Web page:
There are other problems as well. The most obvious is that the film substitutes a twist for character growth or development. Watching two people fall in love is fascinating, because it usually involves one or the other coming to some deep realisation, or taking a chance or a risk. That doesn’t really happen here. We think at one point that one of the characters might have grown, but instead it’s revealed that this is part of the twist. I hope I’m not being irritatingly vague.

It’s a shame, because some of the movie works quite well. Venice looks absolutely stunning, especially when shot from a height during the daylight hours. The action scenes are impressive, and it’s always entertaining to watch Depp play a character who is out of his depth in dealing with the situation presenting itself. As a Wisconsin maths teacher, coming under fire from Russian gangsters, there’s something quite charming about his bumbling routine.

Out of his Deppth?

That said, I’m not entirely sure what to make of the movie’s portrayal of Americans abroad. On one hand, Depp’s character seems almost a parody of the stereotypical American tourist that we see in fiction all the time. If he weren’t being chased across rooftops by deadly assassins, he’d probably be standing around in shorts with his camera. He’s so utterly unaware of what’s going on that there’s a recurring joke where the character confuses Spanish for Italian. When confronted with the Italian authorities, Depp is very quick to insist that this can’t be right.

“I’m an American,” he insists repeatedly, “I have rights.” The obvious implications seem to be that either he has more rights by virtue of being American (hence mentioning his nationality was important), or that the rest of the world is completely unaware of concepts like due process (and he has to remind them). At one point, while the Italian authorities are investigating his attempted murder, Frank seems to demand that they step aside and let the Americans run the show… because clearly these local law enforcement officers can’t be trusted. I’d almost read it as something of a bitter commentary on that oh-so-common (and completely unfair) portrayal of American tourists who can’t grasp that nations and authorities exist outside their own borders…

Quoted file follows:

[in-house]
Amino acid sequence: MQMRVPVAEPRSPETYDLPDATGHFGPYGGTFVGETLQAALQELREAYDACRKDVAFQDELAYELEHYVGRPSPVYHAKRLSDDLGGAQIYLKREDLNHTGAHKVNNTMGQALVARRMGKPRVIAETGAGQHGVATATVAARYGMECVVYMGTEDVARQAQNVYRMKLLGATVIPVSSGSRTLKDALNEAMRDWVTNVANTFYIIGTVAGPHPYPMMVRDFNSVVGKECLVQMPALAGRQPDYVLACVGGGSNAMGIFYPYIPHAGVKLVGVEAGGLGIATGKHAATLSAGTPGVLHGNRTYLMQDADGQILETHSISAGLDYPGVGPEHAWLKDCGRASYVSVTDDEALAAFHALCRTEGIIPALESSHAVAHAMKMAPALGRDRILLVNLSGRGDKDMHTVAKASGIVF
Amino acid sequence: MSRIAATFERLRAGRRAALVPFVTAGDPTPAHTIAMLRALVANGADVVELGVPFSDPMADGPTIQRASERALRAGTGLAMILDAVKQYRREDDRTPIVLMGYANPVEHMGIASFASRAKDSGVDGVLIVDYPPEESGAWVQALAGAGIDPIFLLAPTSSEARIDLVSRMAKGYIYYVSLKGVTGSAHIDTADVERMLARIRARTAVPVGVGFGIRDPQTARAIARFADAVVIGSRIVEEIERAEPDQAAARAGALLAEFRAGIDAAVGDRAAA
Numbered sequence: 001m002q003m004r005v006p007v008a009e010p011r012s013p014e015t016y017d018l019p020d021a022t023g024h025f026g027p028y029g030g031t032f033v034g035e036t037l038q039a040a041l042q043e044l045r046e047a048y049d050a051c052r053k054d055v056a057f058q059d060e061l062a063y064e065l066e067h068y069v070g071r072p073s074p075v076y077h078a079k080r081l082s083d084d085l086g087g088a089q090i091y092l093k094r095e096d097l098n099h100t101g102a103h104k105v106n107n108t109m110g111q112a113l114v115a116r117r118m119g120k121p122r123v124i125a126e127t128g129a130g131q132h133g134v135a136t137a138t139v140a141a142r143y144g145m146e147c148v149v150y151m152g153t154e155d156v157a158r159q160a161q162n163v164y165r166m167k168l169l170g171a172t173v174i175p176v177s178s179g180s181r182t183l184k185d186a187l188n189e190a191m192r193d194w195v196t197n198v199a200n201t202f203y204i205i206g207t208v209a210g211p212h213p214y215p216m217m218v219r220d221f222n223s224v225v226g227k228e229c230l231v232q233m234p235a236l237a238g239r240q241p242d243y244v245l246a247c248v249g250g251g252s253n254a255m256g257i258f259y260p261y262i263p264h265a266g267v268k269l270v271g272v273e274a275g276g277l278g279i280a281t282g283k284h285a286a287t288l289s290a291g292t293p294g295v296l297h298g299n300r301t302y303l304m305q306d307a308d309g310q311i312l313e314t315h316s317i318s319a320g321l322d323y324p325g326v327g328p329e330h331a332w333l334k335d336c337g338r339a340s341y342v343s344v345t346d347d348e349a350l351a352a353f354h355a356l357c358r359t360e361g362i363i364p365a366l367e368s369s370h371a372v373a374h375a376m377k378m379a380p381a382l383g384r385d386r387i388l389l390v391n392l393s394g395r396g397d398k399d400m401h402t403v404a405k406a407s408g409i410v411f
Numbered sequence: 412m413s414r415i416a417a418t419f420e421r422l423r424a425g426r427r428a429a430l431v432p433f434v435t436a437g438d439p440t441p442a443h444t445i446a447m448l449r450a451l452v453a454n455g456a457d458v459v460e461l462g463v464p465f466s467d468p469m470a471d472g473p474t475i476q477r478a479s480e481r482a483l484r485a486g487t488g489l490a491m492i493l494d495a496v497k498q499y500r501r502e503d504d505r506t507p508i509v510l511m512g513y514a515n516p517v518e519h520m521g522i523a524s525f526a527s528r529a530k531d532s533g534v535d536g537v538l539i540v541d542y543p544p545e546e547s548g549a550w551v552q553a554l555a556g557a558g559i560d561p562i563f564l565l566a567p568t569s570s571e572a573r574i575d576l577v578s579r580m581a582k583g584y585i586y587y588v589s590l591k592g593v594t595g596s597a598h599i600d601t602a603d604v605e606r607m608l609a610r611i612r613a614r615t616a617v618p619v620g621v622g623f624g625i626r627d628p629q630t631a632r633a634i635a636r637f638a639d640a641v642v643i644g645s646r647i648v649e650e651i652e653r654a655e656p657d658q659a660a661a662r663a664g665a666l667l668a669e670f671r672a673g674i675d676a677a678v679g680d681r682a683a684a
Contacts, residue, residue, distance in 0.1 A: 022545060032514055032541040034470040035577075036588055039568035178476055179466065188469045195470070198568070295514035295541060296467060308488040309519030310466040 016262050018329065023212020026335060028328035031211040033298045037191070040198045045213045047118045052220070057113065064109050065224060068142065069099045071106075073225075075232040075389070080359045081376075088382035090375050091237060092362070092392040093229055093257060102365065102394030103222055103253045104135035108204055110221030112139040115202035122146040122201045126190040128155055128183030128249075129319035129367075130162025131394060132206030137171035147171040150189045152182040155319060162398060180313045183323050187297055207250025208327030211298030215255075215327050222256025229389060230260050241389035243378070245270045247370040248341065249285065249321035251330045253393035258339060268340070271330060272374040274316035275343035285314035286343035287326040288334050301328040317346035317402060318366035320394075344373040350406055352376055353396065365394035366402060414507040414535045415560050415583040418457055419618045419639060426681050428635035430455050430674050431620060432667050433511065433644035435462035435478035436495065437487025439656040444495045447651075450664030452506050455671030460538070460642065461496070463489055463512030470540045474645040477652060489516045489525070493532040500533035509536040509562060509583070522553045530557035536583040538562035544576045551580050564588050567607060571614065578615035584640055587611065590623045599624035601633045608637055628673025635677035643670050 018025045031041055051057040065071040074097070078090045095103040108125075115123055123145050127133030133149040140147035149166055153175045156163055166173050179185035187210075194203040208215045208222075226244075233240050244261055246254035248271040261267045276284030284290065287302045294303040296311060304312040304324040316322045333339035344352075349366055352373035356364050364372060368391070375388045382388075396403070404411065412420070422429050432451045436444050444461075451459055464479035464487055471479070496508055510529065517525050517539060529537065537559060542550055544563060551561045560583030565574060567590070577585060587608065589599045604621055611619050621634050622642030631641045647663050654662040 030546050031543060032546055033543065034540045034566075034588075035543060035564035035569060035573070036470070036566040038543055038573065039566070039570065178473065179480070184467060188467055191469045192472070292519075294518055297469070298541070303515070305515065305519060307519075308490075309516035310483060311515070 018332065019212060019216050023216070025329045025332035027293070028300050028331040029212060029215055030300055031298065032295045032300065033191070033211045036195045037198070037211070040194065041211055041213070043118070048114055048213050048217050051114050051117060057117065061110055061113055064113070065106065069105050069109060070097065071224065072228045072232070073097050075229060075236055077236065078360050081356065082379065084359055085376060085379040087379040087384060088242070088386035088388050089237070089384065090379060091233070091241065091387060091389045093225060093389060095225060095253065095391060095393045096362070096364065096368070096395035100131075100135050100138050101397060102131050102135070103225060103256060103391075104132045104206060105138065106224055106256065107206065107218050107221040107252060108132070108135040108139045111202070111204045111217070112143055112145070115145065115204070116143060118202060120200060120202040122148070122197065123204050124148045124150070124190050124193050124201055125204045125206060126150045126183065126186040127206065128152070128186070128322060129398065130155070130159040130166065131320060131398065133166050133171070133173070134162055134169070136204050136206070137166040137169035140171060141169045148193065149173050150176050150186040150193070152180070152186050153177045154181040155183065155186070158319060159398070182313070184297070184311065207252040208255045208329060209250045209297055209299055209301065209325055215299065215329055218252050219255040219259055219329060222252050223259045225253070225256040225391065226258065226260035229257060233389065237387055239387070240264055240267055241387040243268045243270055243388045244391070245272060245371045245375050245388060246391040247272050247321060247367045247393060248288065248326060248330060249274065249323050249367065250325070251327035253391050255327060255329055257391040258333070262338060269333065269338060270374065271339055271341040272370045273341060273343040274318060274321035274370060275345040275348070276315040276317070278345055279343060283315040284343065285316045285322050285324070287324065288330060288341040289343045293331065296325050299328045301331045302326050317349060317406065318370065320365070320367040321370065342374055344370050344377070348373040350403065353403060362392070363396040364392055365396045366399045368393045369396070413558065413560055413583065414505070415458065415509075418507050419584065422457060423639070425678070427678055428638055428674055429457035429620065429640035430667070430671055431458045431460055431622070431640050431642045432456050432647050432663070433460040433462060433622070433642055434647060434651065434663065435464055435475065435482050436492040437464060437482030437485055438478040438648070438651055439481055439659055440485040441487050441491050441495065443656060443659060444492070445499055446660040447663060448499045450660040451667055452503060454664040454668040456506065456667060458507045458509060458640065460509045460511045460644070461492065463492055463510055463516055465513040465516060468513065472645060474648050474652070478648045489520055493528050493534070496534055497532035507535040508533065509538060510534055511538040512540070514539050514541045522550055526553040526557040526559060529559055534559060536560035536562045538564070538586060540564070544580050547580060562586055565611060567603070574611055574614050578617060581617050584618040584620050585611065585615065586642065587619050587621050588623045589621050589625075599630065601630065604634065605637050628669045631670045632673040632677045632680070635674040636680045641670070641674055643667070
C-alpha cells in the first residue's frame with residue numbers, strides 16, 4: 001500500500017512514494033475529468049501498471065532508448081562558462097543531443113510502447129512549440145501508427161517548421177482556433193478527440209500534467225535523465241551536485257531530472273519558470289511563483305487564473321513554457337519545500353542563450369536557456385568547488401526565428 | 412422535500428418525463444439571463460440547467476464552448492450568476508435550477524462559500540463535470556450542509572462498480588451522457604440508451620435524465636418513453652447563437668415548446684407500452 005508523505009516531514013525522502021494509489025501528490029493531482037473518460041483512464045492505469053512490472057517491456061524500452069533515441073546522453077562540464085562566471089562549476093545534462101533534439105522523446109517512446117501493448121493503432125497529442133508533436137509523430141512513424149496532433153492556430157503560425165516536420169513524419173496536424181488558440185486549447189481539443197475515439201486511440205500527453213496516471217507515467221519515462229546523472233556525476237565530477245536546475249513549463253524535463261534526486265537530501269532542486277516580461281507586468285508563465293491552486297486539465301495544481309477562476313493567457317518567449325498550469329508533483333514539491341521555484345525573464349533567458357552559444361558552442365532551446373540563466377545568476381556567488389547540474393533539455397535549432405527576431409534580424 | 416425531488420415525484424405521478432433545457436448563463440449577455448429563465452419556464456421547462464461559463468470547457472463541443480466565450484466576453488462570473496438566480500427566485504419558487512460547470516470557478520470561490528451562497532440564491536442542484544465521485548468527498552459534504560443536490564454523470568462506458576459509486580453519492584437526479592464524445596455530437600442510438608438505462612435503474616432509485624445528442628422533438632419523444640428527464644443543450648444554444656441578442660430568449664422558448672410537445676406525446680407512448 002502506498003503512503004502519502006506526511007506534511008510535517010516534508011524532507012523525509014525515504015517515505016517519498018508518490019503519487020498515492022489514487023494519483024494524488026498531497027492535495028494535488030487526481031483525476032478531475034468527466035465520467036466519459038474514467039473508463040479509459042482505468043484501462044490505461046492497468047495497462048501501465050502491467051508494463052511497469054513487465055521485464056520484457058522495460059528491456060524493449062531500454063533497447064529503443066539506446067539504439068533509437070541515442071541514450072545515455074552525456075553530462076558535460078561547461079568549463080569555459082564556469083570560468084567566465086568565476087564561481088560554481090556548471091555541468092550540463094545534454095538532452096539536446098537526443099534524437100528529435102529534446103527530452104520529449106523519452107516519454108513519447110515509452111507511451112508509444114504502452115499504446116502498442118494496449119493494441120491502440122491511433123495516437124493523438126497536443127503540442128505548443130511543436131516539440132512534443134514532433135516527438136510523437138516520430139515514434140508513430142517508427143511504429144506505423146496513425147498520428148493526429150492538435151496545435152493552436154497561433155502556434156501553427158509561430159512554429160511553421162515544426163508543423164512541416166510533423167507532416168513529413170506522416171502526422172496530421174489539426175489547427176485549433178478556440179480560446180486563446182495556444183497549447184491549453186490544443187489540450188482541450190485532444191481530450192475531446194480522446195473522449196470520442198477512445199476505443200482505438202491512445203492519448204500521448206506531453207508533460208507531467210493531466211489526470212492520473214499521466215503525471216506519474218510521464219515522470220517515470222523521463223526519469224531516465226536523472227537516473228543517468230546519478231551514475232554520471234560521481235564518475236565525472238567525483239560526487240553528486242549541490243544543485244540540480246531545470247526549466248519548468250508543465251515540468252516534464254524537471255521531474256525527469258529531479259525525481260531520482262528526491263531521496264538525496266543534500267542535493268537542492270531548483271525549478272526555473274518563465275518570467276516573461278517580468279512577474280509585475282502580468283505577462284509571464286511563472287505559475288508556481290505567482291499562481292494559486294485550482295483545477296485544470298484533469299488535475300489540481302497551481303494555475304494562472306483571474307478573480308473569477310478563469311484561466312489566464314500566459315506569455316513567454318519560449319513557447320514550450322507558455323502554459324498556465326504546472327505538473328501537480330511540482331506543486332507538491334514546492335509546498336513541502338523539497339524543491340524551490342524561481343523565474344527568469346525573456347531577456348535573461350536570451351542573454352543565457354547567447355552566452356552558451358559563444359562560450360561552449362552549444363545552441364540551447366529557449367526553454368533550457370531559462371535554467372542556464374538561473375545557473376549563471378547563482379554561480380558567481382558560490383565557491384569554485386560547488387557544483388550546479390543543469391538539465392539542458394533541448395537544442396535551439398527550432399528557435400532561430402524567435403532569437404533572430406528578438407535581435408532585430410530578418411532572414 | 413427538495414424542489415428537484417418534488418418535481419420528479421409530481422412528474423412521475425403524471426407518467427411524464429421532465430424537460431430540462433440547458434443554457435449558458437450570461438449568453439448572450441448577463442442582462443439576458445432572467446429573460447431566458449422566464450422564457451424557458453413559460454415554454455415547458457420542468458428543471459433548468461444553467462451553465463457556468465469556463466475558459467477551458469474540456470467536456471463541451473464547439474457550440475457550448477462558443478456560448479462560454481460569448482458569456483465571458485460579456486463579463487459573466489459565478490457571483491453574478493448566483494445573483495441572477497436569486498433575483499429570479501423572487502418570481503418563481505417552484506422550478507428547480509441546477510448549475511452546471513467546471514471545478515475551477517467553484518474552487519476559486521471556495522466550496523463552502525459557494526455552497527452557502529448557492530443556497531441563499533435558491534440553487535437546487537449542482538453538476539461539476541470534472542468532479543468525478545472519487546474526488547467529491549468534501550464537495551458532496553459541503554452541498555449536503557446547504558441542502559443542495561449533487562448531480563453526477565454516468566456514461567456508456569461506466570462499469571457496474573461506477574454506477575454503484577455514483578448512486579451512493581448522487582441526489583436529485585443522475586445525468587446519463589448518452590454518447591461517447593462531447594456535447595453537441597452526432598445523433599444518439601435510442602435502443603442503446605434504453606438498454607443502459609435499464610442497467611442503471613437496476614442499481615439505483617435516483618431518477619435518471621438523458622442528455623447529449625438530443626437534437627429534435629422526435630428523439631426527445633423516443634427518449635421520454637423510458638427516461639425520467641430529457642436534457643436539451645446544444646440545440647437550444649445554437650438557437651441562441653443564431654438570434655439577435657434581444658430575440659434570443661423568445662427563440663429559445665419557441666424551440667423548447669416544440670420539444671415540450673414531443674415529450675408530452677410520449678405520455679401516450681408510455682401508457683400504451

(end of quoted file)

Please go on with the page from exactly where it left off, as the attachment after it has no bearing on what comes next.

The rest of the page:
… at least until Frank is proven entirely right. Not only do the Italian authorities prove to be inept past the point of a joke, they are corrupt as well. The British InterPol agent assigned to track him down isn’t corrupt, but he’s indifferent to any risk to the subject of his investigation, even a hapless American tourist. Despite how wonderfully scenic Venice might look, Europe doesn’t come out of this picture looking especially good. Of course, it’s par for the course in any thriller that law enforcement is ineffectual, but it does seem a bit much when an American tourist is repeatedly subjected to the corruption and incompetence of European law enforcement (to the point where it seems like Frank is waiting for a starring role on Banged Up Abroad).

Still, it’s a nice cast assembled for the film, even if they have little to do. Stephen Berkoff is one of those actors who never really got the screentime that he deserved. Paul Bettany does the best he can with an underwritten role. Timothy Dalton steals every scene he’s in – but he’s only in a small handful. The two leads do a decent job, but they never seem to play particularly well off one another.

It’s a shame. The Tourist could have been fun. Instead, it’s just a disappointing adventure which is never as smart as it likes to think it is.

2 Responses

  1. I find Angelina much more interesting than Depp here. He just seems turgid, but you’re right the script is wrought with issues and they don’t work together at all.

    • Yep. It’s a waste, because it had a great set-up for an old-school comedy action adventure star vehicle.